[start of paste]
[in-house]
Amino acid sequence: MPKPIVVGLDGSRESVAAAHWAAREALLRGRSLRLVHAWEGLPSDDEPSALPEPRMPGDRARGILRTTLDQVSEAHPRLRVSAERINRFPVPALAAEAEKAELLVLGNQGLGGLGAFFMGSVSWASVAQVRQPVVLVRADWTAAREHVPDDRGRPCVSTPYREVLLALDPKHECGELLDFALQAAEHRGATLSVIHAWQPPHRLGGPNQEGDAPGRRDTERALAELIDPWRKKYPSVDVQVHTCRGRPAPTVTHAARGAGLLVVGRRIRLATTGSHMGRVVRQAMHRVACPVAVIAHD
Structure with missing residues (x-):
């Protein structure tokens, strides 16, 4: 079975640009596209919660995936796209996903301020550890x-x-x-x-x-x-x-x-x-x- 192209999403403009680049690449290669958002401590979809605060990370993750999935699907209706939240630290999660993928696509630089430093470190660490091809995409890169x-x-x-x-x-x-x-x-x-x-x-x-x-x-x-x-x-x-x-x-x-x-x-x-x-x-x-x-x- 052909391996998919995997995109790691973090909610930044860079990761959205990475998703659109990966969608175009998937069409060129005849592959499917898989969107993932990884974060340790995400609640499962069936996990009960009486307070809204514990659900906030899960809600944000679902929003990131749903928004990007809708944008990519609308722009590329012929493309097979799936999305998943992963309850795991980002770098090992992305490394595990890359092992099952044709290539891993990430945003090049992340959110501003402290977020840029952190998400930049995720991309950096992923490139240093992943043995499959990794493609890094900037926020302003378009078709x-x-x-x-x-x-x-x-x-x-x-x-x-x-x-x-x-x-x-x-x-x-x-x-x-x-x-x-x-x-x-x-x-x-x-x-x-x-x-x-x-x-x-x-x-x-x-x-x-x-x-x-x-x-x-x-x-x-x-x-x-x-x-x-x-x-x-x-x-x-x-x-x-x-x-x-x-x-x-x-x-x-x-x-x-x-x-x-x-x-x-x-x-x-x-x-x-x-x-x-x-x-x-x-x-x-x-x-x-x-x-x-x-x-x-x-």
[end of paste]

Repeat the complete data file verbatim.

[in-house]
Amino acid sequence: MPKPIVVGLDGSRESVAAAHWAAREALLRGRSLRLVHAWEGLPSDDEPSALPEPRMPGDRARGILRTTLDQVSEAHPRLRVSAERINRFPVPALAAEAEKAELLVLGNQGLGGLGAFFMGSVSWASVAQVRQPVVLVRADWTAAREHVPDDRGRPCVSTPYREVLLALDPKHECGELLDFALQAAEHRGATLSVIHAWQPPHRLGGPNQEGDAPGRRDTERALAELIDPWRKKYPSVDVQVHTCRGRPAPTVTHAARGAGLLVVGRRIRLATTGSHMGRVVRQAMHRVACPVAVIAHD
Structure with missing residues (x-):
């Protein structure tokens, strides 16, 4: 079975640009596209919660995936796209996903301020550890x-x-x-x-x-x-x-x-x-x- 192209999403403009680049690449290669958002401590979809605060990370993750999935699907209706939240630290999660993928696509630089430093470190660490091809995409890169x-x-x-x-x-x-x-x-x-x-x-x-x-x-x-x-x-x-x-x-x-x-x-x-x-x-x-x-x- 052909391996998919995997995109790691973090909610930044860079990761959205990475998703659109990966969608175009998937069409060129005849592959499917898989969107993932990884974060340790995400609640499962069936996990009960009486307070809204514990659900906030899960809600944000679902929003990131749903928004990007809708944008990519609308722009590329012929493309097979799936999305998943992963309850795991980002770098090992992305490394595990890359092992099952044709290539891993990430945003090049992340959110501003402290977020840029952190998400930049995720991309950096992923490139240093992943043995499959990794493609890094900037926020302003378009078709x-x-x-x-x-x-x-x-x-x-x-x-x-x-x-x-x-x-x-x-x-x-x-x-x-x-x-x-x-x-x-x-x-x-x-x-x-x-x-x-x-x-x-x-x-x-x-x-x-x-x-x-x-x-x-x-x-x-x-x-x-x-x-x-x-x-x-x-x-x-x-x-x-x-x-x-x-x-x-x-x-x-x-x-x-x-x-x-x-x-x-x-x-x-x-x-x-x-x-x-x-x-x-x-x-x-x-x-x-x-x-x-x-x-x-x-």